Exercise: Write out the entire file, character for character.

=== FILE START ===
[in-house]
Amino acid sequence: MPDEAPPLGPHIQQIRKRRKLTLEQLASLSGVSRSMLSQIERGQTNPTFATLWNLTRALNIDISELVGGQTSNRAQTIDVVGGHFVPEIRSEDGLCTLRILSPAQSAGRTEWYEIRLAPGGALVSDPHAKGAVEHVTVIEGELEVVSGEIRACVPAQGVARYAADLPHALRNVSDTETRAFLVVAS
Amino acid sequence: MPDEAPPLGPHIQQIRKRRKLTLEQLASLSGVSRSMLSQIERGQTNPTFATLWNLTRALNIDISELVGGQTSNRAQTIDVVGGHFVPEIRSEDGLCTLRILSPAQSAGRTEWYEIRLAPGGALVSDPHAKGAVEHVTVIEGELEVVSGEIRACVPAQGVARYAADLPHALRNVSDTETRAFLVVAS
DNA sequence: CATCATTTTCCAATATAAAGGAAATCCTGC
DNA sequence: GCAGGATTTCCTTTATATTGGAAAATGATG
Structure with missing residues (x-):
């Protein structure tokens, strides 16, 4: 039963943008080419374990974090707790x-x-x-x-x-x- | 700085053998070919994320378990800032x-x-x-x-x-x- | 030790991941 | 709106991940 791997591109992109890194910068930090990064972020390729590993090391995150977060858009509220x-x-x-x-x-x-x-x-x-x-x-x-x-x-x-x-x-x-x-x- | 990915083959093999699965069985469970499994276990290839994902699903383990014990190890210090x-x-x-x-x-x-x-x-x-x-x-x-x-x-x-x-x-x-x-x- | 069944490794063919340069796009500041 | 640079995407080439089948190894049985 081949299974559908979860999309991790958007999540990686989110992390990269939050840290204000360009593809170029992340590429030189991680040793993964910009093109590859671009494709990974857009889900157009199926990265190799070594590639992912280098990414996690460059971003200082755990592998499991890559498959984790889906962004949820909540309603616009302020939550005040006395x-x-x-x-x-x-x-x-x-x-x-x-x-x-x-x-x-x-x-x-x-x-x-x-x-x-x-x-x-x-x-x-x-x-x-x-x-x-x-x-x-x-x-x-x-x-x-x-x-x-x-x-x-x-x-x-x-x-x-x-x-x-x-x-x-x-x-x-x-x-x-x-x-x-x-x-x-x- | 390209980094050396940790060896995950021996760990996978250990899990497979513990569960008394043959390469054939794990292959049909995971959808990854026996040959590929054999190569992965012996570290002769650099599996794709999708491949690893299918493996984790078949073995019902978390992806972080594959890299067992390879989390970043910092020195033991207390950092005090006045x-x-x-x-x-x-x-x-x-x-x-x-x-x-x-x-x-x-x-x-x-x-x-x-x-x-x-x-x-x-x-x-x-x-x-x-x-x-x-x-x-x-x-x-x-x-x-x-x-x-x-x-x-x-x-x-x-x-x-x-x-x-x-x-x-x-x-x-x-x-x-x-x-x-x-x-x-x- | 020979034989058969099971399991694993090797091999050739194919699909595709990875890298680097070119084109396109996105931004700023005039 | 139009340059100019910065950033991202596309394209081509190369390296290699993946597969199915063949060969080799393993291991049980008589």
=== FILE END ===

[in-house]
Amino acid sequence: MPDEAPPLGPHIQQIRKRRKLTLEQLASLSGVSRSMLSQIERGQTNPTFATLWNLTRALNIDISELVGGQTSNRAQTIDVVGGHFVPEIRSEDGLCTLRILSPAQSAGRTEWYEIRLAPGGALVSDPHAKGAVEHVTVIEGELEVVSGEIRACVPAQGVARYAADLPHALRNVSDTETRAFLVVAS
Amino acid sequence: MPDEAPPLGPHIQQIRKRRKLTLEQLASLSGVSRSMLSQIERGQTNPTFATLWNLTRALNIDISELVGGQTSNRAQTIDVVGGHFVPEIRSEDGLCTLRILSPAQSAGRTEWYEIRLAPGGALVSDPHAKGAVEHVTVIEGELEVVSGEIRACVPAQGVARYAADLPHALRNVSDTETRAFLVVAS
DNA sequence: CATCATTTTCCAATATAAAGGAAATCCTGC
DNA sequence: GCAGGATTTCCTTTATATTGGAAAATGATG
Structure with missing residues (x-):
């Protein structure tokens, strides 16, 4: 039963943008080419374990974090707790x-x-x-x-x-x- | 700085053998070919994320378990800032x-x-x-x-x-x- | 030790991941 | 709106991940 791997591109992109890194910068930090990064972020390729590993090391995150977060858009509220x-x-x-x-x-x-x-x-x-x-x-x-x-x-x-x-x-x-x-x- | 990915083959093999699965069985469970499994276990290839994902699903383990014990190890210090x-x-x-x-x-x-x-x-x-x-x-x-x-x-x-x-x-x-x-x- | 069944490794063919340069796009500041 | 640079995407080439089948190894049985 081949299974559908979860999309991790958007999540990686989110992390990269939050840290204000360009593809170029992340590429030189991680040793993964910009093109590859671009494709990974857009889900157009199926990265190799070594590639992912280098990414996690460059971003200082755990592998499991890559498959984790889906962004949820909540309603616009302020939550005040006395x-x-x-x-x-x-x-x-x-x-x-x-x-x-x-x-x-x-x-x-x-x-x-x-x-x-x-x-x-x-x-x-x-x-x-x-x-x-x-x-x-x-x-x-x-x-x-x-x-x-x-x-x-x-x-x-x-x-x-x-x-x-x-x-x-x-x-x-x-x-x-x-x-x-x-x-x-x- | 390209980094050396940790060896995950021996760990996978250990899990497979513990569960008394043959390469054939794990292959049909995971959808990854026996040959590929054999190569992965012996570290002769650099599996794709999708491949690893299918493996984790078949073995019902978390992806972080594959890299067992390879989390970043910092020195033991207390950092005090006045x-x-x-x-x-x-x-x-x-x-x-x-x-x-x-x-x-x-x-x-x-x-x-x-x-x-x-x-x-x-x-x-x-x-x-x-x-x-x-x-x-x-x-x-x-x-x-x-x-x-x-x-x-x-x-x-x-x-x-x-x-x-x-x-x-x-x-x-x-x-x-x-x-x-x-x-x-x- | 020979034989058969099971399991694993090797091999050739194919699909595709990875890298680097070119084109396109996105931004700023005039 | 139009340059100019910065950033991202596309394209081509190369390296290699993946597969199915063949060969080799393993291991049980008589």